The San Clemente City Council voted on Tuesday, February 4, to introduce an ordinance that will establish regulations and guidelines for proposed small cells within city limits. According to the San Clemente Times, the ordinance would restrict telecommunications companies from placing small cells within 500 feet of a school or a residence — which renders nearly all of the public rights-of-way as off-limits — as well as 300 feet from another cell site.
The ordinance had also come on the heels of a request by AT&T in 2019 to install a series of 4G-capable small cells on light poles near neighborhoods.
The city’s Planning Commission denied those applications, but AT&T filed an appeal. The telecom did decide to table further plans for small cells until the city finalized its ordinance.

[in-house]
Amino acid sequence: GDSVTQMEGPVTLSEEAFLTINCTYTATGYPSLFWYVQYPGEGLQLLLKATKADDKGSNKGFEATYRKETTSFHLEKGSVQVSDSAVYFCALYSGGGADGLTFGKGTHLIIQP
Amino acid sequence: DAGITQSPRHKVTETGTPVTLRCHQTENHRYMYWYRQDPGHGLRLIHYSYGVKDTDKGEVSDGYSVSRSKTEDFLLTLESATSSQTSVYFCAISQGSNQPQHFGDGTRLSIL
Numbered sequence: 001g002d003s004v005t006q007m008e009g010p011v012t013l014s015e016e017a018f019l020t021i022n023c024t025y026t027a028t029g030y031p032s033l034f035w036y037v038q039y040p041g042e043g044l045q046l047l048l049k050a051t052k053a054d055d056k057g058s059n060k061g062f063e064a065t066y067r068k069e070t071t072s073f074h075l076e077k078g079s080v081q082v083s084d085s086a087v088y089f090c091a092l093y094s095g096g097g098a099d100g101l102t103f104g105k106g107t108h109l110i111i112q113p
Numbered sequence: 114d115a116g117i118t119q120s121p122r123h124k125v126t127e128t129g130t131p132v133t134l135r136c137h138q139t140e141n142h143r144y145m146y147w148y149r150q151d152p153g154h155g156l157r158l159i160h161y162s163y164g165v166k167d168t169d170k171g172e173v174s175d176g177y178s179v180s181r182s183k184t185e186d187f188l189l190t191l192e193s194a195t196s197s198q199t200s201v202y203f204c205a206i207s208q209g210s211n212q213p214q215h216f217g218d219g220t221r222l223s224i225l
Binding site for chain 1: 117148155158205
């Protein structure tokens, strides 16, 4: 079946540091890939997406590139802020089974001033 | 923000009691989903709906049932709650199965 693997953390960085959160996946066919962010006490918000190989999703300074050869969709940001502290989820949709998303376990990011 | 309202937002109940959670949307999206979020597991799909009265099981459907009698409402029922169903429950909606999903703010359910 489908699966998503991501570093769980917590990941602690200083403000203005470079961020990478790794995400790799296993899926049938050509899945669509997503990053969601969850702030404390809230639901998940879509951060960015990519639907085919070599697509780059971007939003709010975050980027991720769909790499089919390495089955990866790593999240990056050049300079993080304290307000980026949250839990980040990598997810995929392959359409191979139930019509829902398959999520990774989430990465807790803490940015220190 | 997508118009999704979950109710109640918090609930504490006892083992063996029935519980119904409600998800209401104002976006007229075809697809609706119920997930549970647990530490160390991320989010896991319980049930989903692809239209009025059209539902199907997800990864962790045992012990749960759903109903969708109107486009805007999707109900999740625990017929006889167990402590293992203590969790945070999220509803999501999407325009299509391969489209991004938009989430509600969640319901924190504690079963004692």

The small cell activity stirred controversy among a group of residents who believe the towers will eventually be upgraded to 5G. They think next-generation wireless will expose families to harmful RF waves. Residents have also voiced concerns over obstructed views and lowered property values, according to the Times.
Speaking on behalf of telecoms, Michael Farrahar, a representative of Verizon Wireless, stated that there’s a need for small cell infrastructure. “Without the critical infrastructure, without the buttressing of the existing service, there will be a degradation of service; there will be a diminishment to the current levels of service and certainly no new addition of technology in the future,” Farrahar told the council. However, it fell on deaf ears.
On Tuesday, Councilman Gene James said, “I will vote an adamant ‘no’ on this, because [the towers are] so damn ugly.” Councilmember Chris Hamm agreed, adding, “I’ve been a firm believer that if we have a community that rises up and has a serious concern that we need to fight it and represent the community.” As for next steps, the council is expected to pass the ordinance during its meeting on February 18.